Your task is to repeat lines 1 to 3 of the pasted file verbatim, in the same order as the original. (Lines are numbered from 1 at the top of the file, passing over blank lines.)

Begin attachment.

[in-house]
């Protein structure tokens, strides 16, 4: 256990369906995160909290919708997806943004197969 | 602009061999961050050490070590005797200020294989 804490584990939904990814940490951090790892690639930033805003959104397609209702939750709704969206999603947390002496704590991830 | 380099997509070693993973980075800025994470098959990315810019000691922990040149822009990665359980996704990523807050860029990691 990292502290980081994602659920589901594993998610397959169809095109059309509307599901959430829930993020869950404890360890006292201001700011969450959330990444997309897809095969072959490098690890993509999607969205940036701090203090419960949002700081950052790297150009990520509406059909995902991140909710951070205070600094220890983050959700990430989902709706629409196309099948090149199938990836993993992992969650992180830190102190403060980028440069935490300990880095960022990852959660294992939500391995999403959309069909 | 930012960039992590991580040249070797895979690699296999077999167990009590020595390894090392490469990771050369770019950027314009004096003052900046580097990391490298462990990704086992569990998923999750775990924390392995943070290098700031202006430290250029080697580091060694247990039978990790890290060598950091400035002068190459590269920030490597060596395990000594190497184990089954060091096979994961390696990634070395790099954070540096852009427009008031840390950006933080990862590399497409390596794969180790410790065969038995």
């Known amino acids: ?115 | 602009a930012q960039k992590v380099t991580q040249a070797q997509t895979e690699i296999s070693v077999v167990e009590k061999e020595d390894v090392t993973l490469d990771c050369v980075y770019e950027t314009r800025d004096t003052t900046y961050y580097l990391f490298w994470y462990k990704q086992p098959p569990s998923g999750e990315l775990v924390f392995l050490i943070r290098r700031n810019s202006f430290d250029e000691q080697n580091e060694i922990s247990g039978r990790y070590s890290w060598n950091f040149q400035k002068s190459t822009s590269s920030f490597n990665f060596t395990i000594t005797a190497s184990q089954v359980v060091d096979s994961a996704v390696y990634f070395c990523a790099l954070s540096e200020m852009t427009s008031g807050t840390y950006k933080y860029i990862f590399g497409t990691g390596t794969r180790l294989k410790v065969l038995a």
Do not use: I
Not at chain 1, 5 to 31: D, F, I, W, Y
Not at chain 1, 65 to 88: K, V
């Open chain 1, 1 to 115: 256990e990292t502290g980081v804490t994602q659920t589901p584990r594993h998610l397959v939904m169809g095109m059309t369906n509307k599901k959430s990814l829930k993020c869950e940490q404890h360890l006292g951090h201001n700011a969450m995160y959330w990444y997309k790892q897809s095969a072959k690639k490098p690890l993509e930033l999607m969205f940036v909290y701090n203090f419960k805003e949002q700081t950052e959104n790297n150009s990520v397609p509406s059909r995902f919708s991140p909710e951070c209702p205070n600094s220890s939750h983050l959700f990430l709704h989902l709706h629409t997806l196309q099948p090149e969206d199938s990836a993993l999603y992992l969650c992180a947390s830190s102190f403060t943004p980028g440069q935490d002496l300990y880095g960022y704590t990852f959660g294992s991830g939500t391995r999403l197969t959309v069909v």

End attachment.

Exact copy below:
[in-house]
């Protein structure tokens, strides 16, 4: 256990369906995160909290919708997806943004197969 | 602009061999961050050490070590005797200020294989 804490584990939904990814940490951090790892690639930033805003959104397609209702939750709704969206999603947390002496704590991830 | 380099997509070693993973980075800025994470098959990315810019000691922990040149822009990665359980996704990523807050860029990691 990292502290980081994602659920589901594993998610397959169809095109059309509307599901959430829930993020869950404890360890006292201001700011969450959330990444997309897809095969072959490098690890993509999607969205940036701090203090419960949002700081950052790297150009990520509406059909995902991140909710951070205070600094220890983050959700990430989902709706629409196309099948090149199938990836993993992992969650992180830190102190403060980028440069935490300990880095960022990852959660294992939500391995999403959309069909 | 930012960039992590991580040249070797895979690699296999077999167990009590020595390894090392490469990771050369770019950027314009004096003052900046580097990391490298462990990704086992569990998923999750775990924390392995943070290098700031202006430290250029080697580091060694247990039978990790890290060598950091400035002068190459590269920030490597060596395990000594190497184990089954060091096979994961390696990634070395790099954070540096852009427009008031840390950006933080990862590399497409390596794969180790410790065969038995």
């Known amino acids: ?115 | 602009a930012q960039k992590v380099t991580q040249a070797q997509t895979e690699i296999s070693v077999v167990e009590k061999e020595d390894v090392t993973l490469d990771c050369v980075y770019e950027t314009r800025d004096t003052t900046y961050y580097l990391f490298w994470y462990k990704q086992p098959p569990s998923g999750e990315l775990v924390f392995l050490i943070r290098r700031n810019s202006f430290d250029e000691q080697n580091e060694i922990s247990g039978r990790y070590s890290w060598n950091f040149q400035k002068s190459t822009s590269s920030f490597n990665f060596t395990i000594t005797a190497s184990q089954v359980v060091d096979s994961a996704v390696y990634f070395c990523a790099l954070s540096e200020m852009t427009s008031g807050t840390y950006k933080y860029i990862f590399g497409t990691g390596t794969r180790l294989k410790v065969l038995a």